J: It is yes. So which it’s really quite futuristic technology but it’s available right now. And we’re supplying them to a lot of schools and health providers already.

W: You’re listening to Health Professional Radio, my guest is Jonathan Kingsley Sales and Marketing Manager of the Brainary. And we’ve been talking about some of their products and services. And some of them I have to say sound like the future, but you can acquire them right here and now. Jonathan a lot of our audience are clinicians, about 95% of our audience are clinicians of kind another often in acute care and in aged care. Is there a message you’d like them to hear today as a result of you being with us on Health professional Radio?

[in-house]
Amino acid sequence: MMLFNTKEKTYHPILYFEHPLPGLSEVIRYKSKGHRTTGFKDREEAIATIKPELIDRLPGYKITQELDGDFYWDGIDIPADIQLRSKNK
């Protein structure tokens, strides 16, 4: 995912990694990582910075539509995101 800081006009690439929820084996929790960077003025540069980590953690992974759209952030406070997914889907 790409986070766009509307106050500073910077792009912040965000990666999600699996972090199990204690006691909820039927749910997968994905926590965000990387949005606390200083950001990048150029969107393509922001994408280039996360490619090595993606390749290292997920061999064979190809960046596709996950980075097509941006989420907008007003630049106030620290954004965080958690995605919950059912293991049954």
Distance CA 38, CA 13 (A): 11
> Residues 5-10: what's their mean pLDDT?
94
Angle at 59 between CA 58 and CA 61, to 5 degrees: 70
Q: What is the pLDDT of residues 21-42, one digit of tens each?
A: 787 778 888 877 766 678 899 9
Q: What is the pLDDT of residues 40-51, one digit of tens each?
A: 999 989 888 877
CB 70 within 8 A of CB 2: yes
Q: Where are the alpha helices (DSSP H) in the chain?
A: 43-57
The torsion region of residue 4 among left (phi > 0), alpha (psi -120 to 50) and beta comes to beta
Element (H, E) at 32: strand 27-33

J: Yeah, I suppose I’d just like them make them aware of what is possible and we piece the technology likes the NAO robot. I supposed what we’re seeing is which the advancement of robotic at the moment, things that we never thought are possible are becoming possible. And we’ve got really innovative ways to kind of differentiate therapies and really motivate patients to achieve you know goals that might not have been as easily achievable.

W: Uh huh.

J: I’d really urge my guess to start looking to some of these technologies because I think not just robotics that technology in general the way is advancing, is really providing really liberating people with significant physical disabilities, all rehab needs.